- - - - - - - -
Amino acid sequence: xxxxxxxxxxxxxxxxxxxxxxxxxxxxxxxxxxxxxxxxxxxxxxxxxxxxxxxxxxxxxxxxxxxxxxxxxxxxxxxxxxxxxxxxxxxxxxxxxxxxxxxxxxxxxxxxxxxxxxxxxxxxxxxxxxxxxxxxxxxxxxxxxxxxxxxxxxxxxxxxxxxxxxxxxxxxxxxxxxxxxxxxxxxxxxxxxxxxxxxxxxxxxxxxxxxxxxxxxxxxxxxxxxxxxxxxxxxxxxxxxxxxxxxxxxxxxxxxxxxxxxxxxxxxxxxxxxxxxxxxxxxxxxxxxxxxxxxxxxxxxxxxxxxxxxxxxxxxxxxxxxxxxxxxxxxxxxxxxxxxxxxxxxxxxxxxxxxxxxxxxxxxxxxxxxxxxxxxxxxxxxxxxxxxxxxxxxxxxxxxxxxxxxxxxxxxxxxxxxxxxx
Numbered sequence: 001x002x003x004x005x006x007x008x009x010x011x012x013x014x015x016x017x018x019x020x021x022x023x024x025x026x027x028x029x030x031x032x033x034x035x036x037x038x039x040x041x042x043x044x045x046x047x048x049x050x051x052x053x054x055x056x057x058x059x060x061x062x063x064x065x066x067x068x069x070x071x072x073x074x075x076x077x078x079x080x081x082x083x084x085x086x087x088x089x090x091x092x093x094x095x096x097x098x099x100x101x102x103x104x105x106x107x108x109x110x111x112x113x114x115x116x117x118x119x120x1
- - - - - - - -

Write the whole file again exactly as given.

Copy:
Amino acid sequence: xxxxxxxxxxxxxxxxxxxxxxxxxxxxxxxxxxxxxxxxxxxxxxxxxxxxxxxxxxxxxxxxxxxxxxxxxxxxxxxxxxxxxxxxxxxxxxxxxxxxxxxxxxxxxxxxxxxxxxxxxxxxxxxxxxxxxxxxxxxxxxxxxxxxxxxxxxxxxxxxxxxxxxxxxxxxxxxxxxxxxxxxxxxxxxxxxxxxxxxxxxxxxxxxxxxxxxxxxxxxxxxxxxxxxxxxxxxxxxxxxxxxxxxxxxxxxxxxxxxxxxxxxxxxxxxxxxxxxxxxxxxxxxxxxxxxxxxxxxxxxxxxxxxxxxxxxxxxxxxxxxxxxxxxxxxxxxxxxxxxxxxxxxxxxxxxxxxxxxxxxxxxxxxxxxxxxxxxxxxxxxxxxxxxxxxxxxxxxxxxxxxxxxxxxxxxxxxxxxxxxx
Numbered sequence: 001x002x003x004x005x006x007x008x009x010x011x012x013x014x015x016x017x018x019x020x021x022x023x024x025x026x027x028x029x030x031x032x033x034x035x036x037x038x039x040x041x042x043x044x045x046x047x048x049x050x051x052x053x054x055x056x057x058x059x060x061x062x063x064x065x066x067x068x069x070x071x072x073x074x075x076x077x078x079x080x081x082x083x084x085x086x087x088x089x090x091x092x093x094x095x096x097x098x099x100x101x102x103x104x105x106x107x108x109x110x111x112x113x114x115x116x117x118x119x120x1